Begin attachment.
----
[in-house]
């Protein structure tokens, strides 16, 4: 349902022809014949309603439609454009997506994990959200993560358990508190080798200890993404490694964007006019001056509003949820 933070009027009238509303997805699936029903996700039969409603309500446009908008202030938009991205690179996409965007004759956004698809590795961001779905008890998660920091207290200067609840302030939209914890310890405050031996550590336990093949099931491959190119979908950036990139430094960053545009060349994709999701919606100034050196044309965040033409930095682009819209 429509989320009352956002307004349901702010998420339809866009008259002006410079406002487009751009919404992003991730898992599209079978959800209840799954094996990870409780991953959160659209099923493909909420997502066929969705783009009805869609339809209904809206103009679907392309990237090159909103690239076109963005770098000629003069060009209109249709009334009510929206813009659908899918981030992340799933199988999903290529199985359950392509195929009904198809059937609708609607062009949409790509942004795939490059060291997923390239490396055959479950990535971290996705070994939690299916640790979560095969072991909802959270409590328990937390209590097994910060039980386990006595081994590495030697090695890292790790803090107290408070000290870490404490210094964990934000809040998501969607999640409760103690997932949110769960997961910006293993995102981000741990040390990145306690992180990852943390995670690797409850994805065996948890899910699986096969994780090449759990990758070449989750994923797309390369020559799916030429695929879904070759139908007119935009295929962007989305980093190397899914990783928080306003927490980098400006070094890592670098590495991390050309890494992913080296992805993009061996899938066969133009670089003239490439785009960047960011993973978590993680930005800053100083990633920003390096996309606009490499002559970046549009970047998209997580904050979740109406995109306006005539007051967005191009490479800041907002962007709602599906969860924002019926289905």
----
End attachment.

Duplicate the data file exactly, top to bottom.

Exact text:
[in-house]
């Protein structure tokens, strides 16, 4: 349902022809014949309603439609454009997506994990959200993560358990508190080798200890993404490694964007006019001056509003949820 933070009027009238509303997805699936029903996700039969409603309500446009908008202030938009991205690179996409965007004759956004698809590795961001779905008890998660920091207290200067609840302030939209914890310890405050031996550590336990093949099931491959190119979908950036990139430094960053545009060349994709999701919606100034050196044309965040033409930095682009819209 429509989320009352956002307004349901702010998420339809866009008259002006410079406002487009751009919404992003991730898992599209079978959800209840799954094996990870409780991953959160659209099923493909909420997502066929969705783009009805869609339809209904809206103009679907392309990237090159909103690239076109963005770098000629003069060009209109249709009334009510929206813009659908899918981030992340799933199988999903290529199985359950392509195929009904198809059937609708609607062009949409790509942004795939490059060291997923390239490396055959479950990535971290996705070994939690299916640790979560095969072991909802959270409590328990937390209590097994910060039980386990006595081994590495030697090695890292790790803090107290408070000290870490404490210094964990934000809040998501969607999640409760103690997932949110769960997961910006293993995102981000741990040390990145306690992180990852943390995670690797409850994805065996948890899910699986096969994780090449759990990758070449989750994923797309390369020559799916030429695929879904070759139908007119935009295929962007989305980093190397899914990783928080306003927490980098400006070094890592670098590495991390050309890494992913080296992805993009061996899938066969133009670089003239490439785009960047960011993973978590993680930005800053100083990633920003390096996309606009490499002559970046549009970047998209997580904050979740109406995109306006005539007051967005191009490479800041907002962007709602599906969860924002019926289905």